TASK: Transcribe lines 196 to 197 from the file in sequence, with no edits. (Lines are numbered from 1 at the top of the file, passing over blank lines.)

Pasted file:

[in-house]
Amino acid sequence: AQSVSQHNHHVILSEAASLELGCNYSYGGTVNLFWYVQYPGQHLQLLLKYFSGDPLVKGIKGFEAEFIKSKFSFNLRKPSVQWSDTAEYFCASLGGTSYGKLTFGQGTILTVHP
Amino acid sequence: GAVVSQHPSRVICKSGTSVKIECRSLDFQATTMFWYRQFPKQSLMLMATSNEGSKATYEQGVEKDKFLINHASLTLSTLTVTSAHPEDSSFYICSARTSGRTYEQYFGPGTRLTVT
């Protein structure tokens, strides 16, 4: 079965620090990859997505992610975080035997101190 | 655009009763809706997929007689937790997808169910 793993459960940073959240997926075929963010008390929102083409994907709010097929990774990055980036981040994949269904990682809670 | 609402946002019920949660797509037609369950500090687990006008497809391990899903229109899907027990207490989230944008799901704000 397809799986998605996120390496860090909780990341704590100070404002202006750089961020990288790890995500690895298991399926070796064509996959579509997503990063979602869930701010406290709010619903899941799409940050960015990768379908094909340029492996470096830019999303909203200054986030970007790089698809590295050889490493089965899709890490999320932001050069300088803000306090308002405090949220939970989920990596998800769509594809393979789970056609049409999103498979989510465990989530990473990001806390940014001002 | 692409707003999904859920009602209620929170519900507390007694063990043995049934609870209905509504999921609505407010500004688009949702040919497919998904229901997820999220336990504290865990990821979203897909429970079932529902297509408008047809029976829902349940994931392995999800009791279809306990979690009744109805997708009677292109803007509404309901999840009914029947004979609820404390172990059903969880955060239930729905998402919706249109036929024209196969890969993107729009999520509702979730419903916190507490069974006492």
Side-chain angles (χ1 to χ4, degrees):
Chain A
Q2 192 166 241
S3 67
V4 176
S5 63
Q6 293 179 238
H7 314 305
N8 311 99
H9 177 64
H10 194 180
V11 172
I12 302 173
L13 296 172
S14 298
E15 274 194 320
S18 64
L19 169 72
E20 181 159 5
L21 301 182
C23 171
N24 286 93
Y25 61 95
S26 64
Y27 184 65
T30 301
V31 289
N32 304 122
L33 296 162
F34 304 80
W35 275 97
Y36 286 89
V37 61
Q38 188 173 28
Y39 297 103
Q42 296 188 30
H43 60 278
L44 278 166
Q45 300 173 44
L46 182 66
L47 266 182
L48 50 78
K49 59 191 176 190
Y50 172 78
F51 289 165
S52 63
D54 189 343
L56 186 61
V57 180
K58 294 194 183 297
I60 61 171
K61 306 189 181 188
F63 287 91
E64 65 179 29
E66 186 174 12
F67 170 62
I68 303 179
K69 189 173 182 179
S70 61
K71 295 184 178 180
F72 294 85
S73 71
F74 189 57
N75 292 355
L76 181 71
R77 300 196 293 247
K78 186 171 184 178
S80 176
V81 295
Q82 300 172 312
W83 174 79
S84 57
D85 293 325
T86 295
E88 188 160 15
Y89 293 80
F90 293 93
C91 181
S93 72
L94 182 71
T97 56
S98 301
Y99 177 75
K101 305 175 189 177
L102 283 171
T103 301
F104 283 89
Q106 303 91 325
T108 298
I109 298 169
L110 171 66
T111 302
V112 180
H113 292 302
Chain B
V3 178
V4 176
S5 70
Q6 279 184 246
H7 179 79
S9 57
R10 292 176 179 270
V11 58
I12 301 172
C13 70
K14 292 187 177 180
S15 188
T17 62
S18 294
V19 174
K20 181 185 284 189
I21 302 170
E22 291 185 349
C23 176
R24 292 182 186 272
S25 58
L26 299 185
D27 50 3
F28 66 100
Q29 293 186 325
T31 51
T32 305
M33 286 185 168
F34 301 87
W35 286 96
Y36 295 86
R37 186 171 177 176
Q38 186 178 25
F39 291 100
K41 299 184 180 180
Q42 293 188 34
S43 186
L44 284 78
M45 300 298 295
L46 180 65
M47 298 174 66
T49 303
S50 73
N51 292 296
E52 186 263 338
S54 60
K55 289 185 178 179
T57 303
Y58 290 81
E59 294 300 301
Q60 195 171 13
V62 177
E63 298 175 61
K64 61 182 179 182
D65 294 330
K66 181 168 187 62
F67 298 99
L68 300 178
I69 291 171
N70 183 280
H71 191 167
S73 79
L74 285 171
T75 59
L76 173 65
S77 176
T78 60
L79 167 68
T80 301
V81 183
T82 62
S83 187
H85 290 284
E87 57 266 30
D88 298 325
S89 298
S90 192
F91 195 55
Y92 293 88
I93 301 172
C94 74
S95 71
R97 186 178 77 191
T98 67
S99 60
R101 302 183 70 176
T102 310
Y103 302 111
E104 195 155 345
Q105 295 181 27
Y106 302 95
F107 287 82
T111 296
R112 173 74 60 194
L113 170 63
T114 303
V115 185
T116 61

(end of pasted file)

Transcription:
V115 185
T116 61